In my daily interaction with members of the community and community leaders; and in my quest to unravel the reasons for the sudden surge in deadly crime and insecurity in the two villages several issues have become of note. First is access to firearms. Youth as young as 13 years old have access to guns and ammunition. This easy and unhindered access to guns gives them the courage to get involved in crime. Often, it is only one or two members of a gang with guns.

The member with a gun is normally the leader, feared and revered in equal measure. Other members refer to him as their father. It is every member’s aspiration to own a gun since this will earn him this kind of reverence and respect from other gang members. They even go to the extent of pooling money after a ‘mission’ to buy each other guns in turns. In many instances after a sizable number of group members have guns they split up. Each member with a gun forms his own gang and becomes its leader. These gangs operate in cahoots, sharing ‘intelligence’ and supporting each other during ‘missions.’ The source of these guns has remained a mystery with unfounded rumours that the gangs could be operating in covert partnership with some rogue elements within law enforcement agencies – conspiracies abound, leading to even more distrust in the said communities.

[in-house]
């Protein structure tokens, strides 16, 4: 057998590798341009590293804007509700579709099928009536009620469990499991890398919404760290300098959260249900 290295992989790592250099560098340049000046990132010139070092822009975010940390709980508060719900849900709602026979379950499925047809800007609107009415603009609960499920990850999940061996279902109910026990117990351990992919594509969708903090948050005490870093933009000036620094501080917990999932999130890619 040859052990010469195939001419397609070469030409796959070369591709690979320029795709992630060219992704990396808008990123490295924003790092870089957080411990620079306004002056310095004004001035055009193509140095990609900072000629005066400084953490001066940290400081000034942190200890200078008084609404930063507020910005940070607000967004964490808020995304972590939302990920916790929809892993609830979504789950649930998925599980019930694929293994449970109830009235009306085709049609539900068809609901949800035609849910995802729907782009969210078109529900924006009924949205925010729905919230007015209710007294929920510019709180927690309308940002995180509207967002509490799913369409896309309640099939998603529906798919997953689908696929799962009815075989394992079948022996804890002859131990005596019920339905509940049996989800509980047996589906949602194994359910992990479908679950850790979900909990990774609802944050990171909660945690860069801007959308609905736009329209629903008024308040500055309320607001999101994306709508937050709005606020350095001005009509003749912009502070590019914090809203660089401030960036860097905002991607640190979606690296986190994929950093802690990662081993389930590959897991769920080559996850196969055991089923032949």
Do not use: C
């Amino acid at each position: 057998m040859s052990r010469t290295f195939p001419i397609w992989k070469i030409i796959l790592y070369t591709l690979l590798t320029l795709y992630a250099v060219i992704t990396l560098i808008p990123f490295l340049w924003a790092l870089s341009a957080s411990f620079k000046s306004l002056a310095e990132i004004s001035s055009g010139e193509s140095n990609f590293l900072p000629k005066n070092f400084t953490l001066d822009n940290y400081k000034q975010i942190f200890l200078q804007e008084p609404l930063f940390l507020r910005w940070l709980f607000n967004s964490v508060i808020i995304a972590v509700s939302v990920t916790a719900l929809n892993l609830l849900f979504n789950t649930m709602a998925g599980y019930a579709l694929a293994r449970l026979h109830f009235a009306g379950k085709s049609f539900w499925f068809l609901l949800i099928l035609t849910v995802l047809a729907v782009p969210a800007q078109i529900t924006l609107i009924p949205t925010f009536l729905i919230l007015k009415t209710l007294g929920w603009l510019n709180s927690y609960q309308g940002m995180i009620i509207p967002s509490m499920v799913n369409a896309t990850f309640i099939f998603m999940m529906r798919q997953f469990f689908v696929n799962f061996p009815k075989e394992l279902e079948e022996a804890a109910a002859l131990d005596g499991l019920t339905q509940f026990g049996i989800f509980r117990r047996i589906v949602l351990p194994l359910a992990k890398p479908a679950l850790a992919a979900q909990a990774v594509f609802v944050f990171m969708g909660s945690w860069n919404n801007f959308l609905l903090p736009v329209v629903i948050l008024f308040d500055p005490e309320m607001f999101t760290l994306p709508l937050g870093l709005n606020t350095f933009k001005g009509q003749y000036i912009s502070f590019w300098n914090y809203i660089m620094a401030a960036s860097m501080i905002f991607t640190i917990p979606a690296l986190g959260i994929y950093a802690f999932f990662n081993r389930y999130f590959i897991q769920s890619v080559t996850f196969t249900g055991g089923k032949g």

Second is availability and access to cheap but lethal drugs. Some of these drugs can be bought over the counter in the many unregulated pharmacies and chemist shops. Others like marijuana are so available that it is no longer considered effective and fashionable to use. Many of the youth involved in crime are addicts who must have their daily fix. More often than not, they have to get high before going on ‘missions’. Being on a high numbs them and gives them a stimulated sense of courage. Also, since they are addicted they must –t hrough whichever means – get money to buy their daily fix. It is a vicious circle!